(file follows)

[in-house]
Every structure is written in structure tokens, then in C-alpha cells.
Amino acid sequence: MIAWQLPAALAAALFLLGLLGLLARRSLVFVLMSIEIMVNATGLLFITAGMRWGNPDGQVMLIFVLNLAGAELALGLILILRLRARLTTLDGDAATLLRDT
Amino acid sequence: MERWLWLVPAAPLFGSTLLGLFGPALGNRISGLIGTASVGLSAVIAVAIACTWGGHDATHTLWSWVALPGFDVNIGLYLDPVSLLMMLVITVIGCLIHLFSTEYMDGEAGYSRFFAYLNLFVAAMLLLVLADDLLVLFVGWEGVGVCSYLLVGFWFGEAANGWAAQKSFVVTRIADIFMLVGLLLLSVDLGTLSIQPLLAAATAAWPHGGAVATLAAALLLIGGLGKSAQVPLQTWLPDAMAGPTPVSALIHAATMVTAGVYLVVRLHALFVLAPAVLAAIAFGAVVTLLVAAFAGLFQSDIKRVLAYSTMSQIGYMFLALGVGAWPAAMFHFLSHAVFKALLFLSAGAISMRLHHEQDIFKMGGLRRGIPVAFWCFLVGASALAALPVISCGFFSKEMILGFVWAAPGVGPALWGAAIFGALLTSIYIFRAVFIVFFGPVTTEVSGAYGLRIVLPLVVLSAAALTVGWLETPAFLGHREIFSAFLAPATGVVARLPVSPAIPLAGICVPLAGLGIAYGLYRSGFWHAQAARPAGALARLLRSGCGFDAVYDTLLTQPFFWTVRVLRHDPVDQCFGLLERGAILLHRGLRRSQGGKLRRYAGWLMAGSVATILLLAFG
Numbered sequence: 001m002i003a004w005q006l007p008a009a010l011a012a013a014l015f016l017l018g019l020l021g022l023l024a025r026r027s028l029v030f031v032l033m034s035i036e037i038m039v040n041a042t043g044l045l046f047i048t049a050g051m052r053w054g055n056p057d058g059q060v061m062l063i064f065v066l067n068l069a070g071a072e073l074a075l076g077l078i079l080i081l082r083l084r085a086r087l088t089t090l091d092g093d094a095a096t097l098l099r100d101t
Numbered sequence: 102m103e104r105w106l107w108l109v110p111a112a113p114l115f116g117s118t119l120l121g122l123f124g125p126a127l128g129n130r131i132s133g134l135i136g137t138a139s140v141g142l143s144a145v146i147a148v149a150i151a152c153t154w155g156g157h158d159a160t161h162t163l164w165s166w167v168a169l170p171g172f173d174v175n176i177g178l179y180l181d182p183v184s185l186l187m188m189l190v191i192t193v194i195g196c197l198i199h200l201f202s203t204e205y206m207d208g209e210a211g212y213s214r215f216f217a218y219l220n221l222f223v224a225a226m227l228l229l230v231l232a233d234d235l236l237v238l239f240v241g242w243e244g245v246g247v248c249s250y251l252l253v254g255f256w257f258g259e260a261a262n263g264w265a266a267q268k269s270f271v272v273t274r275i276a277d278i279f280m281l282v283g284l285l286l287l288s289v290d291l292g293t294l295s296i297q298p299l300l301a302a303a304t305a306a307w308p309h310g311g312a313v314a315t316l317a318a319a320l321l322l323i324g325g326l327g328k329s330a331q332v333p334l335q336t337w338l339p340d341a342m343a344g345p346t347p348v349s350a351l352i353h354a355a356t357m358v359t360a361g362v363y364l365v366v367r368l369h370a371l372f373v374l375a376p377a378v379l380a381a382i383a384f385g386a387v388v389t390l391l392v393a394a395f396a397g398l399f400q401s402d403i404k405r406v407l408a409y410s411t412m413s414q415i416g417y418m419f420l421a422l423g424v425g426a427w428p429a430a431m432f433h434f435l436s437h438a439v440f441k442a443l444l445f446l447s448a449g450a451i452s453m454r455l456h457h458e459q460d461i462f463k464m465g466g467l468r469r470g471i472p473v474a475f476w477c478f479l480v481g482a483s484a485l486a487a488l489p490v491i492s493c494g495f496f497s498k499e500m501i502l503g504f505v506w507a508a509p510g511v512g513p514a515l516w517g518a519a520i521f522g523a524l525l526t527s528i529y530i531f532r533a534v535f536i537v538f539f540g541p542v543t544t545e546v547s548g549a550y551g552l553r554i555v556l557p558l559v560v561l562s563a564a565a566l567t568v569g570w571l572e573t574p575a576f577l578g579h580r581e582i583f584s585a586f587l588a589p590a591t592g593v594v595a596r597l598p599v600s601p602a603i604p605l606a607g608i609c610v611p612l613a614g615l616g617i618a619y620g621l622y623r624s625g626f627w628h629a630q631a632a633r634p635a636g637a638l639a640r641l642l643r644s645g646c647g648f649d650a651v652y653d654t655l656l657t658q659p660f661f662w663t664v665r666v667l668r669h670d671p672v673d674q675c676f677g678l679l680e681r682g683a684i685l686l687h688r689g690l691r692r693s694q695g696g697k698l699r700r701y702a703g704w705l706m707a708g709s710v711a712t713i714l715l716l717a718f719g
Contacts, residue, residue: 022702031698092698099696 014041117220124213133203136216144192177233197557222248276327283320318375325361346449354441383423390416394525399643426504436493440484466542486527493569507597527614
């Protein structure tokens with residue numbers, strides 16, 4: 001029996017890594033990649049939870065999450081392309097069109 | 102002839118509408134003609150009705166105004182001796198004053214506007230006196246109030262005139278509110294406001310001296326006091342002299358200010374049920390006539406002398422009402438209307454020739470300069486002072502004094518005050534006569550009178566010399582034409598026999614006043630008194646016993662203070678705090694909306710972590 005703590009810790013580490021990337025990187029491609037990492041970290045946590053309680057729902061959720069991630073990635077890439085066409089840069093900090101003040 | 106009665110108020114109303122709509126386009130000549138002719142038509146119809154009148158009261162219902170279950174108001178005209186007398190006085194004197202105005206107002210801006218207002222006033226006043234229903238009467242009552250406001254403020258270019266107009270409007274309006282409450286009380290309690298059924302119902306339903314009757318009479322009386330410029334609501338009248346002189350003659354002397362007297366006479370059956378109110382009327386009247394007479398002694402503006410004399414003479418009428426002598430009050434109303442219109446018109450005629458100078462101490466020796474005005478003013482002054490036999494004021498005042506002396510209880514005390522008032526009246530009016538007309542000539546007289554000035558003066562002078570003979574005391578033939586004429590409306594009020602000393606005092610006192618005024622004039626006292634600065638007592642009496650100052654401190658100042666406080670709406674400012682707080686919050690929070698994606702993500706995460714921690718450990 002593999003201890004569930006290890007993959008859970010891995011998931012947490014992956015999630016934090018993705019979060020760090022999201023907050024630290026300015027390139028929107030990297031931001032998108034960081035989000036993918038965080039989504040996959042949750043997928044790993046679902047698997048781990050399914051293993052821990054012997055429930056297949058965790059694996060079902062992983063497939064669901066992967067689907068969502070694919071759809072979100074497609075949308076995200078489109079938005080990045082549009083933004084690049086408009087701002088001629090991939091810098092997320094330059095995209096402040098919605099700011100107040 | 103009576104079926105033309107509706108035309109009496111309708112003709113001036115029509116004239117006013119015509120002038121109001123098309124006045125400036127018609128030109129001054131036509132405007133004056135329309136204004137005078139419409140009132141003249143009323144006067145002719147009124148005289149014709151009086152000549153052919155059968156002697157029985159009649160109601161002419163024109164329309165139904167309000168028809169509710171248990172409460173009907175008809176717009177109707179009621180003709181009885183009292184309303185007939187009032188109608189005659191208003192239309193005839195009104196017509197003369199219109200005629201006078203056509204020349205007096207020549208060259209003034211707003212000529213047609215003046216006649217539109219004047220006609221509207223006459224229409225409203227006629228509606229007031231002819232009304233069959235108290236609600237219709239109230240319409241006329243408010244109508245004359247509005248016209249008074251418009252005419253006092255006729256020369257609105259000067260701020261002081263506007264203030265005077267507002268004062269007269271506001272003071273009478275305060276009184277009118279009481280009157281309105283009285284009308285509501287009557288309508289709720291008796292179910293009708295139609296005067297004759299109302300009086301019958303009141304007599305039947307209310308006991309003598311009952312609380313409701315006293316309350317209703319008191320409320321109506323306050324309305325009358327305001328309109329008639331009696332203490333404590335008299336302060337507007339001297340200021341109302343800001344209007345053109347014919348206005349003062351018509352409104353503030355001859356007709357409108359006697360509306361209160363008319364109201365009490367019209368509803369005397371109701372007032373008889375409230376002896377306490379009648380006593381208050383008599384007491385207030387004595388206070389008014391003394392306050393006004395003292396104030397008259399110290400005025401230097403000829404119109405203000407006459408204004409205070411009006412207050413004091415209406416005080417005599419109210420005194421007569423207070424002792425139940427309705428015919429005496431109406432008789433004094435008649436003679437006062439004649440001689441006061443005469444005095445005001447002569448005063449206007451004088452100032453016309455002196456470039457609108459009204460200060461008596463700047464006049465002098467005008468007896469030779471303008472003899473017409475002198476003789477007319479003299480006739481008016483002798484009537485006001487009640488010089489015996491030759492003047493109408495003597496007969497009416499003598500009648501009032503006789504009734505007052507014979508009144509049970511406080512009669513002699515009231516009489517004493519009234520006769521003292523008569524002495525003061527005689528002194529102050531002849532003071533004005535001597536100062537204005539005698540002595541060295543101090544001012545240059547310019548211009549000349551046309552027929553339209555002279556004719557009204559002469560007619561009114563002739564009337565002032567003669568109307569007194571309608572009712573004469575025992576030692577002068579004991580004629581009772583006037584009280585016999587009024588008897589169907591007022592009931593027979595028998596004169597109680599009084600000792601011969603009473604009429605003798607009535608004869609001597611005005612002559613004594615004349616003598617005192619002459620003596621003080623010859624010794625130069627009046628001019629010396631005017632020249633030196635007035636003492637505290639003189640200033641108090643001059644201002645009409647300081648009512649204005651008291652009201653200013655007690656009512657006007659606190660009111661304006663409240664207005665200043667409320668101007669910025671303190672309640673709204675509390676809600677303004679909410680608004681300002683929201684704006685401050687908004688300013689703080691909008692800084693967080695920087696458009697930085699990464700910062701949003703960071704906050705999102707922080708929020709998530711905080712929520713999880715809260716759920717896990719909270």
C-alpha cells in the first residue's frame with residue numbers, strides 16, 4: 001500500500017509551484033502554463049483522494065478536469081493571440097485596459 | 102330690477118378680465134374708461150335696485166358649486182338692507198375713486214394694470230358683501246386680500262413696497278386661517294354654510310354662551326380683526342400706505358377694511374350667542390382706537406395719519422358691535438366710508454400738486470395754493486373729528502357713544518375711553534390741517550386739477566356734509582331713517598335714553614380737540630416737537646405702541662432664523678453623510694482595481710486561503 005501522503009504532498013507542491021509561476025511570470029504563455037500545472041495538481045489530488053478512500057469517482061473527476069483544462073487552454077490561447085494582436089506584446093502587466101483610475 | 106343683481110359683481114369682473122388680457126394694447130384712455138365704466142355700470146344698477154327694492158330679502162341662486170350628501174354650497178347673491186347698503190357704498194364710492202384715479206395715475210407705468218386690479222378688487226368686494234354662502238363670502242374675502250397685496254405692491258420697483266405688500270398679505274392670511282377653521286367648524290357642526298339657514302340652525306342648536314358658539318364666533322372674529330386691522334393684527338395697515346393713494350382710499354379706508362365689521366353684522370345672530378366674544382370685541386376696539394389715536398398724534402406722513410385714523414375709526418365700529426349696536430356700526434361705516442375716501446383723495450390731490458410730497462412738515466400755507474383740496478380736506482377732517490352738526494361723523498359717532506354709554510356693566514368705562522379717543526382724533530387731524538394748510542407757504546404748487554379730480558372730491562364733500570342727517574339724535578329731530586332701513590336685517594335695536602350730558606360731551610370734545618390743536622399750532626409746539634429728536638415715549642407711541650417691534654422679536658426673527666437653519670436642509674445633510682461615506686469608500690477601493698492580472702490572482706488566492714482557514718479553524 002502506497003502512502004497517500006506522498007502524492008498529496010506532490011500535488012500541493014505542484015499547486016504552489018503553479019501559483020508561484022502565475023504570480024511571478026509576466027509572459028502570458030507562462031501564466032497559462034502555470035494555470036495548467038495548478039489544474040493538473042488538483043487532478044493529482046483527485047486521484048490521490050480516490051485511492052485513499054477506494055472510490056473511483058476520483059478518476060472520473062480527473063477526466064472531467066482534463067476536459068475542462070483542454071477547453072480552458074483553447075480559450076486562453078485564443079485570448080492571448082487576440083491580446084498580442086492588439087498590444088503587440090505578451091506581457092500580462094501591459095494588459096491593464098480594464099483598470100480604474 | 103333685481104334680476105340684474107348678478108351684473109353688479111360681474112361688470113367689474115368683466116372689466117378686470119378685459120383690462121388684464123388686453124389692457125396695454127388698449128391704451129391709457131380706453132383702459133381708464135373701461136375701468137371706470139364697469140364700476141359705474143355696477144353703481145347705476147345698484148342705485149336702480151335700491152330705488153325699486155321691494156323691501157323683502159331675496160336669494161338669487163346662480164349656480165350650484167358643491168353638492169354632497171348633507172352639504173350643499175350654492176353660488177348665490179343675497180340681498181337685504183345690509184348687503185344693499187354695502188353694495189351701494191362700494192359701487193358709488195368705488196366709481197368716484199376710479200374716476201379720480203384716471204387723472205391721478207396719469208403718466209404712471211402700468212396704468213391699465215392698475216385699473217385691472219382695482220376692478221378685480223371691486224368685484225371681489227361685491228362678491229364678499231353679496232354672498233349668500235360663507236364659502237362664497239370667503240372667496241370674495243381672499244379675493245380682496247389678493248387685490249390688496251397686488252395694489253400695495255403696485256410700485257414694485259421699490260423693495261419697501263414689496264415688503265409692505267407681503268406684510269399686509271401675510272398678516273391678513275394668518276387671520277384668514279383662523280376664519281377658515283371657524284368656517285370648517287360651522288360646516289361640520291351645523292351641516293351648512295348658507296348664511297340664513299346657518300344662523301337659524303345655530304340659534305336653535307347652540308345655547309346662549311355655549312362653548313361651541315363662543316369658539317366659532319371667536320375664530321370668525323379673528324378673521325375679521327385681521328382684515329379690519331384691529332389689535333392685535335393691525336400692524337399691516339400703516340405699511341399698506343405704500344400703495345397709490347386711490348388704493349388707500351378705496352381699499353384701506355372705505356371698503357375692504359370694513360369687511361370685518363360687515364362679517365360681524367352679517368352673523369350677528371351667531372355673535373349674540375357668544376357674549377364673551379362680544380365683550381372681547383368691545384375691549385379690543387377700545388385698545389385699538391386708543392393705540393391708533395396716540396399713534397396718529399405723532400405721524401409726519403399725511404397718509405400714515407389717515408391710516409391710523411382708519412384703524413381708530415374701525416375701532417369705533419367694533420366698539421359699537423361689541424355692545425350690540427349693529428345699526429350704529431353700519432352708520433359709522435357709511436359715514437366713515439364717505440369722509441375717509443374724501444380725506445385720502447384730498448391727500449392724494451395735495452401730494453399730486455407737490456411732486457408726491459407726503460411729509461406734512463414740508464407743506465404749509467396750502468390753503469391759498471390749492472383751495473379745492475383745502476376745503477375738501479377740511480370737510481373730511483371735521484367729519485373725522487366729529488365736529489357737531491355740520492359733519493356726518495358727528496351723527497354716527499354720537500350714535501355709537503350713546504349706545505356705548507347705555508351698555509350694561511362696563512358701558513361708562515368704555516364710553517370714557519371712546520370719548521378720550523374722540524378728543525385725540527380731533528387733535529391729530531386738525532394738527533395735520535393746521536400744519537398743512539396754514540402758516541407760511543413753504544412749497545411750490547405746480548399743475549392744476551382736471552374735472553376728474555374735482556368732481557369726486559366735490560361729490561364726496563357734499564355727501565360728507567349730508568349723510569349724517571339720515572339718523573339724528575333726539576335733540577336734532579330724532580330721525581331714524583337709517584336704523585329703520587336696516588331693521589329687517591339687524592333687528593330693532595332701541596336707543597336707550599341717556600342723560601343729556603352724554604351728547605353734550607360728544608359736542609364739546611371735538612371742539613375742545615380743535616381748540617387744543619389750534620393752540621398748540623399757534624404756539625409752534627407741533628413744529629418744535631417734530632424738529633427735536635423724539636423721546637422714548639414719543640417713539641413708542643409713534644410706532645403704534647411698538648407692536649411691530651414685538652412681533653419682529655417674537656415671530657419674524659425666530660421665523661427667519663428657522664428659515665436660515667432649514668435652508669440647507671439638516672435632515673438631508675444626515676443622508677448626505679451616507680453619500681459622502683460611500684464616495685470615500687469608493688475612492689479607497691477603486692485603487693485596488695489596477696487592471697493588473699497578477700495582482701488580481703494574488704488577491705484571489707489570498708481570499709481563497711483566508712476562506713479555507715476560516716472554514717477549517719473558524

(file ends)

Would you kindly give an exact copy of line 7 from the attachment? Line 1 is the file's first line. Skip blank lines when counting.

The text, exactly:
Contacts, residue, residue: 022702031698092698099696 014041117220124213133203136216144192177233197557222248276327283320318375325361346449354441383423390416394525399643426504436493440484466542486527493569507597527614